- Go to a bank-sponsored seminar—Go to your bank’s seminars on commercial lending. This will teach you how your bank operates in terms of lending policies. By doing this, you also prove that you have an interest in what the bank is doing. Finally, it affords you the opportunity to meet and make an impression on the loan committee.
9. Why is location the most important aspect of my business?
A good location can make the difference between a profitable and a bankrupt business. There are many questions to consider when choosing a business site. Use the questions below as a checklist for potential locations and then compare several sites.
- Are there parking facilities?
- Is transportation available and convenient?
- Is the quality of police and fire service adequate?
- Will it be a quality site for the future—not just five years from now, but in 10, or 25 years?
- Is nearby housing readily available for management and employees?
- Is there nearby competition? Are those sites better or worse than yours?
- What is the general business climate in the area? Is this a prosperous market?
- Are merchandise and raw materials available? Are your suppliers easily accessible?
- How is the traffic flow—can your customers reach you quickly and inexpensively?
- Is your building suitable to your kind of business—will it need any major renovations?
- Is there an adequate community infrastructure for utilities (sewer, water, power, gas, etc.)?
- What is the tax burden—town, city, county, state? Will this impede your business and growth?
- What are the costs of operation in this location—will it be too high to offer you an adequate profit?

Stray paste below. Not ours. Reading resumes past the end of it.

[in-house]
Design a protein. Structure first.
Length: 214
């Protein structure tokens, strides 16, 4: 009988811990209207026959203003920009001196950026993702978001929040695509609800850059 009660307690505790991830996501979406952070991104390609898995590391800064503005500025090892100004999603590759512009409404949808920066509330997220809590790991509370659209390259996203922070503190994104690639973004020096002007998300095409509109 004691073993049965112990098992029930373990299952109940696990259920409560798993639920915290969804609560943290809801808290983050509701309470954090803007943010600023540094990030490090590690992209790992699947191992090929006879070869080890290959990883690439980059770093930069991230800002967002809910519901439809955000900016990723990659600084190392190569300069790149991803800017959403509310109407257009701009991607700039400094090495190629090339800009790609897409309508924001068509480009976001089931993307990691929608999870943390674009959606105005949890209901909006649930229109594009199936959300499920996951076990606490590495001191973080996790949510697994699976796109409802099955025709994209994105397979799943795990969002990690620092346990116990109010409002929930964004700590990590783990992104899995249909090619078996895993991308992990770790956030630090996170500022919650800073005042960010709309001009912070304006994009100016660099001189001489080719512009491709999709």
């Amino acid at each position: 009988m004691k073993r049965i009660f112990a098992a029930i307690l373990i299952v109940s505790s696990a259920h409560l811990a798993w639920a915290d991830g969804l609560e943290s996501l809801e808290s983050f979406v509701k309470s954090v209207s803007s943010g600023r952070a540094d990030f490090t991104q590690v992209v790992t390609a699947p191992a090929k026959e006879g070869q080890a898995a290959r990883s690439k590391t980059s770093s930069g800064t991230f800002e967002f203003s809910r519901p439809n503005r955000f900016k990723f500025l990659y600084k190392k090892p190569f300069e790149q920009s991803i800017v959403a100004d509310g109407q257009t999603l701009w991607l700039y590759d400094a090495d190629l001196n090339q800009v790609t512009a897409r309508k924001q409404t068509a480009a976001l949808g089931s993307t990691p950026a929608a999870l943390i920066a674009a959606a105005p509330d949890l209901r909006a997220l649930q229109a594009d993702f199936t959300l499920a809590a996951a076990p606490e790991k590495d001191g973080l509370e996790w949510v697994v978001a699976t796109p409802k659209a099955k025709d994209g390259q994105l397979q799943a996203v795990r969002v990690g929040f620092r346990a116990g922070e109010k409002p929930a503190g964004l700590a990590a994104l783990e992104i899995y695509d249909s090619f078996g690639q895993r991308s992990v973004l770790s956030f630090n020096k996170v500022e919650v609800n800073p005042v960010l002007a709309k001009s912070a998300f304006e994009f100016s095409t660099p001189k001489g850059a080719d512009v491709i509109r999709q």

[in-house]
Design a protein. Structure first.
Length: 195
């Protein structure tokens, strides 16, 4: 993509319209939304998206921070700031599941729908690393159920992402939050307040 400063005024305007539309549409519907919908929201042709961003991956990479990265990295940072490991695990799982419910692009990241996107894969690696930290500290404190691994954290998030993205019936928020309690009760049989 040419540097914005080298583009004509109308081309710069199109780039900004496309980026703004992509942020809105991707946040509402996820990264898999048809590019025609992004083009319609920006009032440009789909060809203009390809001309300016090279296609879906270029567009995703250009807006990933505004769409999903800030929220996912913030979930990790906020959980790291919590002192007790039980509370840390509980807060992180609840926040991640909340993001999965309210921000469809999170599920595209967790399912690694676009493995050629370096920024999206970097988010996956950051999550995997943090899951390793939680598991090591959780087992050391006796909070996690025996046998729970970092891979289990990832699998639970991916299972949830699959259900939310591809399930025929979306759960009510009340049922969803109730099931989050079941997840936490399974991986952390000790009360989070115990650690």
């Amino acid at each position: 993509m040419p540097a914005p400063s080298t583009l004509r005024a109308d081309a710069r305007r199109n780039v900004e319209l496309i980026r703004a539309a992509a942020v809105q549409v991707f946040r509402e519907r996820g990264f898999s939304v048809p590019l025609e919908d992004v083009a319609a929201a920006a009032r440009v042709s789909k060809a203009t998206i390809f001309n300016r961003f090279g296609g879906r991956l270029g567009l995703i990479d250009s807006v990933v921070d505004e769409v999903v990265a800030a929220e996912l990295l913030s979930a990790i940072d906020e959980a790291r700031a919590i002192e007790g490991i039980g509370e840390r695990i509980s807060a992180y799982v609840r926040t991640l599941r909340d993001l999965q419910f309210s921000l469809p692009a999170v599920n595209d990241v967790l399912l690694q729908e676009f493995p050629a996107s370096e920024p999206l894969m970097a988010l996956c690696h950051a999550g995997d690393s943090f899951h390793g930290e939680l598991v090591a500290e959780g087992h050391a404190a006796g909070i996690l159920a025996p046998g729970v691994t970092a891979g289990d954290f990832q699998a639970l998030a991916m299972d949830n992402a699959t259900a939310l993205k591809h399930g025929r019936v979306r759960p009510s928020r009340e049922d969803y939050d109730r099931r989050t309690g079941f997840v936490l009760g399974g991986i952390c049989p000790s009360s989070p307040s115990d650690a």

10. Why is competition important?
No business operates without direct competition. There also may be indirect competition, which has a significant impact on customer’s buying decisions in your market. Direct and non-direct competitors try to convince customers to buy their products or services instead of yours. It is in your best interest to learn more about the companies that are trying to reduce your take-home pay. List the strengths and weaknesses of each competitor. Talk with friends, visit your competition, call for information about their products and analyze how they advertise. Next, take a sheet of paper and list the major competitors. Give each a rating, on a scale of one to 10, for product quality, process, advertising, price and customer satisfaction. You can add other ratings that you feel are important.Your business can become more profitable by adopting practices you admire in competitor operations and by avoiding their mistakes. Some of your competitors have been in business successfully for many years. Certainly, as a new or relatively new business, you can learn a lot from them.
11. How can I better market my business?
To market your business, you must define your customer. To maintain consistent sales growth, you must become knowledgeable about your market. Develop an outline of your “typical” consumer:
- What exactly is your market?